Image courtesy FreeFoto.com
Remember the headline to my March 12, 2012 blog post about the Monroe Connector Bypass (or just the Monroe Bypass, for short)?
It suggested that the legal saga surrounding the proposed $725 million highway construction project was nearing “the end of the road.”
On second thought, not so much.
The road has taken an unexpectedly sharp turn, and there’s no telling how long the project may now be delayed. Why? Because according to the Fourth Circuit Court of Appeals (“4th Circuit”) in its May 3, 2012 decision in N.C. Wildlife Federation v. N.C. Department of Transportation, the North Carolina Department of Transportation (“NCDOT”) and the Federal Highway Administration (“FHA”) (collectively, the “Agencies”) failed to conduct a clear, transparent environmental review process that permitted meaningful public comment under applicable principles of federal environmental law.
Image from ncdot.gov
Oral arguments are set to take place before the Fourth Circuit Court of Appeals in Richmond, Virginia on March 20, 2012 in connection with an appeal asserted by several environmental groups seeking to stall construction of the Monroe Connector Bypass (commonly known as the “Monroe Bypass”) in Union County. If the Fourth Circuit rejects the appeal and allows the project to move forward, a groundbreaking is expected in August of this year, as reported late last week by the Charlotte Observer.
A couple of my blog posts have mentioned the use of public-private partnerships (“PPPs”) as an alternative source of highway construction financing, including my February 6, 2012 story about NCDOT’s plans to widen I-95 (by the way, last Friday, the Federal Highway Administration gave tentative approval to tolling on I-95).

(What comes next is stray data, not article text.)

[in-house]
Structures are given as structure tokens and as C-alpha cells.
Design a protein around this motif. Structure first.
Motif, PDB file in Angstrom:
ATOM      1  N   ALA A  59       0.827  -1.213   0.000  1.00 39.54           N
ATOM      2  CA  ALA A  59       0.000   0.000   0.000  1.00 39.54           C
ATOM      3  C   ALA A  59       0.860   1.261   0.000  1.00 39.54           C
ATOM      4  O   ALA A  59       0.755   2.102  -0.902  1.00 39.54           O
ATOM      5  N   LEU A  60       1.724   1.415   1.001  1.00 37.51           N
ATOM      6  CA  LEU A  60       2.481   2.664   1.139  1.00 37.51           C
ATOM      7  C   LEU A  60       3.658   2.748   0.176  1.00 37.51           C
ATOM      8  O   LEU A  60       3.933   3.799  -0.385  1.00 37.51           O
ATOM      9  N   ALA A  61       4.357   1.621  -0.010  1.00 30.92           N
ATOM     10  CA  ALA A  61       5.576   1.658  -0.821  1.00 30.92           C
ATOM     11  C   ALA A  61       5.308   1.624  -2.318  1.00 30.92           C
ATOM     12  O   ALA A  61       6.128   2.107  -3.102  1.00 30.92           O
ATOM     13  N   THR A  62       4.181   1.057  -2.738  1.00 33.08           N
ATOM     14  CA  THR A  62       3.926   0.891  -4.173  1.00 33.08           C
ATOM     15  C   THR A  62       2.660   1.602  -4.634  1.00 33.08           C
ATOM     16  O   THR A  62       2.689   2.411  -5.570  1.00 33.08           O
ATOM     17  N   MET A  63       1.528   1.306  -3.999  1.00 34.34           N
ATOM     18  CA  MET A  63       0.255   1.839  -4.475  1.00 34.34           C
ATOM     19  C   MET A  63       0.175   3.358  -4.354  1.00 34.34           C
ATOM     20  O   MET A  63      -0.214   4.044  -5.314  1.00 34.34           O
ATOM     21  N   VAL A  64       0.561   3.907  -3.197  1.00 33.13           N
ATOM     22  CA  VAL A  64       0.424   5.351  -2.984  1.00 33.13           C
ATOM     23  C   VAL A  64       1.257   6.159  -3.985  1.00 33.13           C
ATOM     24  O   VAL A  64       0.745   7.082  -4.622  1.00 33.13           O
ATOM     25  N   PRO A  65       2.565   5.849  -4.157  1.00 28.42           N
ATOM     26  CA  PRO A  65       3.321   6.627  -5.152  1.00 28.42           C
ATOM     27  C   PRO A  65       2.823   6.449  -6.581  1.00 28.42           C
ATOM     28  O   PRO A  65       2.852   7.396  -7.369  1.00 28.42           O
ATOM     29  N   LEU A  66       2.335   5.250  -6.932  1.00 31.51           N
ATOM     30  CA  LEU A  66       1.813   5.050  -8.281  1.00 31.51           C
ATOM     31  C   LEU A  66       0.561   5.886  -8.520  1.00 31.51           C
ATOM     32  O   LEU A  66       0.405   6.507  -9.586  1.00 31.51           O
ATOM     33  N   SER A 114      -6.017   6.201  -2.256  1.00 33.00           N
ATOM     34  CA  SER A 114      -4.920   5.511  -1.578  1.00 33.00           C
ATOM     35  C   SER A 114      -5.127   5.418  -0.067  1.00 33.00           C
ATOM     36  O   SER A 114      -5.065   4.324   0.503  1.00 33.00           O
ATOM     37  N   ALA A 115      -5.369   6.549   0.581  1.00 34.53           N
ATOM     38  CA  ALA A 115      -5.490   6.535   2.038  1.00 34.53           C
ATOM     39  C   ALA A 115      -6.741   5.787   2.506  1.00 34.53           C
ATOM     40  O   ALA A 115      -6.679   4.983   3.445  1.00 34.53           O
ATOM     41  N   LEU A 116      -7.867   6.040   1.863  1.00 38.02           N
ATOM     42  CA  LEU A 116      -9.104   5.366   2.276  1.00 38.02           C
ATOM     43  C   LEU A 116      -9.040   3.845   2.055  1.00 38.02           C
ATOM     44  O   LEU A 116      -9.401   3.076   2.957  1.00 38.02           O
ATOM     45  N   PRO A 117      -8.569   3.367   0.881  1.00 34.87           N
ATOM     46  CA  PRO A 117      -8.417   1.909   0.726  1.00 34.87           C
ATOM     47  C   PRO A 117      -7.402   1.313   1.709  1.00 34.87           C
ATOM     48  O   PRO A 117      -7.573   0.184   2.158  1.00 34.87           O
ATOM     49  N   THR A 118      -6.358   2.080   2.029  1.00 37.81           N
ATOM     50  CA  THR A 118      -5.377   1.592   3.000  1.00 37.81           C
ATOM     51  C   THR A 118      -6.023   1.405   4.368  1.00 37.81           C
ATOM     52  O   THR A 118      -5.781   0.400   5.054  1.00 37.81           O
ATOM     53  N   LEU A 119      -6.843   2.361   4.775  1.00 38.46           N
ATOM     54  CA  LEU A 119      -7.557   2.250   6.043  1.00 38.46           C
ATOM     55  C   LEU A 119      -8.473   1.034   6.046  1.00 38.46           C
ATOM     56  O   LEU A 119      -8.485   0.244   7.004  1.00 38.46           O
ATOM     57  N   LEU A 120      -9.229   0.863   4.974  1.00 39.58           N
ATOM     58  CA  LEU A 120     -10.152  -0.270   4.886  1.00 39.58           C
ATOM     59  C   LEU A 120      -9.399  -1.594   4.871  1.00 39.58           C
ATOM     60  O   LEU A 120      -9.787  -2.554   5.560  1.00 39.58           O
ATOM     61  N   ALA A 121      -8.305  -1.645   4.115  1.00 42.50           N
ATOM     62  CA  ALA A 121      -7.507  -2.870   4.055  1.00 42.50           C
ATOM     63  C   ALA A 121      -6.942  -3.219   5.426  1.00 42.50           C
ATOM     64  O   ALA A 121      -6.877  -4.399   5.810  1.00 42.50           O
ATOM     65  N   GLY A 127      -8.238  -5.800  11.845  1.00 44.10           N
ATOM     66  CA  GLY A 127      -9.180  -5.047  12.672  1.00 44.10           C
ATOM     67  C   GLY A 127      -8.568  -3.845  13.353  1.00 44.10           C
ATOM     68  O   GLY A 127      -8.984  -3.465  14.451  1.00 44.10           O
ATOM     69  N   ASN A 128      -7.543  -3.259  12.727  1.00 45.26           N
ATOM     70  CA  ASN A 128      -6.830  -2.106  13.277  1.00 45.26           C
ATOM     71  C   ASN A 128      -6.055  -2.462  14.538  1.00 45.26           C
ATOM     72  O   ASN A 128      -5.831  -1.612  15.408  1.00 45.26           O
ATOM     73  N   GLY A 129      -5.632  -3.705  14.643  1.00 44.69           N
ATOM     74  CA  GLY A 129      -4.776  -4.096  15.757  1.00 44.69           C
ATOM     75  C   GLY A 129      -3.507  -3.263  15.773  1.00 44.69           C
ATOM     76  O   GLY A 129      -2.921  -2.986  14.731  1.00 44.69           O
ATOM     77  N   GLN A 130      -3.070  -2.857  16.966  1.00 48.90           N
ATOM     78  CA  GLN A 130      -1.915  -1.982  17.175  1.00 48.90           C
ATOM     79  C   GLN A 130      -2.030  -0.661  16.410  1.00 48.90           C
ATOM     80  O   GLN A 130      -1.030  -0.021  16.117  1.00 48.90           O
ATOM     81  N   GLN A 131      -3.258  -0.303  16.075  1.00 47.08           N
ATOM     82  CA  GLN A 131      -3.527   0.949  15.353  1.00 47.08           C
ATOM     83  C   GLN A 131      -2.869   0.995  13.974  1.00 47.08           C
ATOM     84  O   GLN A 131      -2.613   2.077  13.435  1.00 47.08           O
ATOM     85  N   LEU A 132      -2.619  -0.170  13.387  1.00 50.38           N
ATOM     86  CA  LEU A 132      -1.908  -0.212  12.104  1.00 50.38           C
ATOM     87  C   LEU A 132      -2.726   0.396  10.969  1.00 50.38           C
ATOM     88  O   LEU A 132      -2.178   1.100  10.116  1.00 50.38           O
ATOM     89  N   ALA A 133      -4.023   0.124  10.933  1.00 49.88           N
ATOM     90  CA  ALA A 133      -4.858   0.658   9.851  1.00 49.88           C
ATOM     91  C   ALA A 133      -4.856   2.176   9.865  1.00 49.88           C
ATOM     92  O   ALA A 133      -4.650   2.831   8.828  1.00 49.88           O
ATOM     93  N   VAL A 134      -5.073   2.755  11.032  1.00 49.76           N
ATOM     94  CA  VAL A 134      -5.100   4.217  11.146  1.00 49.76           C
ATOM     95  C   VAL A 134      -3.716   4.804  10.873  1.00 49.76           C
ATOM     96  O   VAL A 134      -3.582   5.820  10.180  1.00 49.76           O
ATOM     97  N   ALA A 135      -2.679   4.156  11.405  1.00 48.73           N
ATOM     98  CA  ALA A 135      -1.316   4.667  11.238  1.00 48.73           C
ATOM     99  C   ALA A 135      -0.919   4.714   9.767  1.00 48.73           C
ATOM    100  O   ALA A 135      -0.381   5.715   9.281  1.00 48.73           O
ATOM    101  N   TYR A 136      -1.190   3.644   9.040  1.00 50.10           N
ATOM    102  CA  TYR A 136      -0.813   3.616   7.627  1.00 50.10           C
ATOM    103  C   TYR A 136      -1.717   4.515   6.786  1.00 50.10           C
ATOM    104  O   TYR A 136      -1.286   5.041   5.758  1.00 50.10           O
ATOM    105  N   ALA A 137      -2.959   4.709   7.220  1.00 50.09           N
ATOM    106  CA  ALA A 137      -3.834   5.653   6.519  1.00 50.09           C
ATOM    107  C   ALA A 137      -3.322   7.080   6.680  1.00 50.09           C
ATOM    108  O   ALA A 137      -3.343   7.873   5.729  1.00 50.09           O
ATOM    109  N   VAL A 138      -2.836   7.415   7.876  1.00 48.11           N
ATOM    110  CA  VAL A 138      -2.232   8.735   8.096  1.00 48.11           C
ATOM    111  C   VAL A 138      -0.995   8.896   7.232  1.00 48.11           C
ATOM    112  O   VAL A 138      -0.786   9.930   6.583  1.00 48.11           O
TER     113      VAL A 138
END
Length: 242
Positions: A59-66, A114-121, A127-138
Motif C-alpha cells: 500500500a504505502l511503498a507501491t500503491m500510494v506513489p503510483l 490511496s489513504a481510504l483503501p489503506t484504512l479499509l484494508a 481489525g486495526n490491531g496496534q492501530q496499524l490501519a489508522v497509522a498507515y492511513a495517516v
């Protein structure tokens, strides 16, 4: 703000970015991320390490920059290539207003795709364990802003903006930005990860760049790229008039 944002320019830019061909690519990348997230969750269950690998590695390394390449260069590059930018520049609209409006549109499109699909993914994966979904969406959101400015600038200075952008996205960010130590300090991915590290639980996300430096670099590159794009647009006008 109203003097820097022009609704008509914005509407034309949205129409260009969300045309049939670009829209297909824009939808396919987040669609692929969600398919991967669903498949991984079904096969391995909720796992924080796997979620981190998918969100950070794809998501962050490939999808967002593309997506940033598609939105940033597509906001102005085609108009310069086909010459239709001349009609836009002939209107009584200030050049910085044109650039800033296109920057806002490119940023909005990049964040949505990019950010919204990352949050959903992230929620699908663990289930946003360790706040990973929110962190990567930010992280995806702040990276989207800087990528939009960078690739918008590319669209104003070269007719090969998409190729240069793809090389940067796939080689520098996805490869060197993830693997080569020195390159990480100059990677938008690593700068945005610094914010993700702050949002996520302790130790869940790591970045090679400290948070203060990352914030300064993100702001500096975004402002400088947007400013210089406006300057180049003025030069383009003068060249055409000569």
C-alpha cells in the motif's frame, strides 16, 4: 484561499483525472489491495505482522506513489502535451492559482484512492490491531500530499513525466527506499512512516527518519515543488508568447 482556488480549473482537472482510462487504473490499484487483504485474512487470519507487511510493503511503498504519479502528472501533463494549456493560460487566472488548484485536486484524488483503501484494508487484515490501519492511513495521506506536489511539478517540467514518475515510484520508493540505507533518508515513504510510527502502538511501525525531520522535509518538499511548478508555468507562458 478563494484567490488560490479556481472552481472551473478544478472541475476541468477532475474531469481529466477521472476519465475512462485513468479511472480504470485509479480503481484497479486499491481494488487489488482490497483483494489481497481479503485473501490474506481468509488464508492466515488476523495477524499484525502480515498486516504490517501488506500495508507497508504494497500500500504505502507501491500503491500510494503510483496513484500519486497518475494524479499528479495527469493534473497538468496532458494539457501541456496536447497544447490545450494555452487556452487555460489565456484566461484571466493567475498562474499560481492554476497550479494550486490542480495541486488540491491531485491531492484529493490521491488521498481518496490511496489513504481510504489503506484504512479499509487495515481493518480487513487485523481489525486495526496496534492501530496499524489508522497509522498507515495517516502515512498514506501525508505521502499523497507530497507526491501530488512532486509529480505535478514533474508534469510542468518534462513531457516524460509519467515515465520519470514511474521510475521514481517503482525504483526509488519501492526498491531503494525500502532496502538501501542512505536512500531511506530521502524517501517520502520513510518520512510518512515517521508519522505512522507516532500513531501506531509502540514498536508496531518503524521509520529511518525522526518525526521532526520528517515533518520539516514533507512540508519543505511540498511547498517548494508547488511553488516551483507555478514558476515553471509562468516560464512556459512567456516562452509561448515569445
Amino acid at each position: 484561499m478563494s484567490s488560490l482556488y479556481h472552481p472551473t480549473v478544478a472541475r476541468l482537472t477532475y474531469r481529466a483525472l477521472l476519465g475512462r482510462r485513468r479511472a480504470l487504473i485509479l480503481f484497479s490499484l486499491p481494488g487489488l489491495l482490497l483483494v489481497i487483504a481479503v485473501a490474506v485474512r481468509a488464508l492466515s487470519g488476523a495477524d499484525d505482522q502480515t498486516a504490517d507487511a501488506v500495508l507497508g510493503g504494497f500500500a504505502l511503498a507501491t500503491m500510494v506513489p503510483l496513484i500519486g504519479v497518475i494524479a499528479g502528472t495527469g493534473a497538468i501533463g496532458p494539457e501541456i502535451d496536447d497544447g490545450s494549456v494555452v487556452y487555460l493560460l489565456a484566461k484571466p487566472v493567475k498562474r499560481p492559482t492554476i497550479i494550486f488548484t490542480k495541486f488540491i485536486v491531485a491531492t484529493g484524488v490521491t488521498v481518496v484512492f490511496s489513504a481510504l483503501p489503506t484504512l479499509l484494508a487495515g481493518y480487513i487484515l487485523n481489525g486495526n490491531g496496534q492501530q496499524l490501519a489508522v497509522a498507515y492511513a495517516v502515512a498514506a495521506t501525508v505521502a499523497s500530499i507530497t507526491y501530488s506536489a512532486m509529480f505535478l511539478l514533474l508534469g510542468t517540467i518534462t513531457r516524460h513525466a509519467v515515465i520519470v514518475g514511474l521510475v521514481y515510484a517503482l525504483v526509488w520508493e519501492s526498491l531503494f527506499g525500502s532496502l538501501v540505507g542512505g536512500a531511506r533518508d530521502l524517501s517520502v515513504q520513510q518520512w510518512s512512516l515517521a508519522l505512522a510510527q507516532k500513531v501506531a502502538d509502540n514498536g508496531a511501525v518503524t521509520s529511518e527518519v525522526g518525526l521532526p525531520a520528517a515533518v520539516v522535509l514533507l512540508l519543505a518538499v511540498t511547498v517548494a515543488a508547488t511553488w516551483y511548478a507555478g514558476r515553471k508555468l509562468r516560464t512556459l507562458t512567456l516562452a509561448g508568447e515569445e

It remains unclear whether any private money might be utilized to finance the I-95 widening project. What is clear is that PPPs present a host of legal issues that all project participants (and their attorneys) would need to wrestle with should the NCDOT seek private money for I-95, or any other state highway project.
The purpose of this blawg post is to supply three resources for enhancing our collective understanding of the practical implications of PPP financing. A good place to start is this blog post from the blawg “Best Practices Construction Law,” authored by attorney Matthew J. DeVries, who practices in Virginia and Tennessee. Mr. DeVries links to the second resource you should consider, and that’s the AGC’s White Paper on Public-Private Partnerships. Contractors may want to jump to page 13 of the White Paper, which includes a chart summarizing how a PPP could shift typical risk allocations:
For additional depth, consult the National Cooperative Highway Research Program’s Major Legal Issues for Highway Public-Private Partnerships. It presents several representative case studies and concludes that several successful projects have given PPP participants the flexibility to select the optimal project delivery system for their particular project. Such flexibility, of course, could mean procurement outside the sealed bid process.
I’ll be keeping an eye on subsequent I-95 developments. Should the NCDOT begin exploring PPPs, it is hoped that these three resources will provide the contracting community with a foundation for understanding the legal ramifications of this alternative highway financing framework.
Sorry for the prolonged absence during an inordinately busy time — two arbitrations in the last month. My upcoming schedule is far less robust, so I plan on getting back into the blogging swing full-force in the days and weeks ahead.
Before delving back into more heady fare, I thought I would feature this incredible design for a nature reserve observation tower in the Netherlands. Designed by architects from UNStudio in Amsterdam, the project is no doubt visually stunning, and will arguably represent a significant engineering achievement — assuming, of course, that the “Ultra High Performance Concrete” at the heart of the design works. Otherwise, and for the sake of the general contractor who ultimately builds the tower, I hope Dutch law recognizes a Spearin-doctrine equivalent!
Image: UNStudio. Click image for full gallery and project description by UNStudio.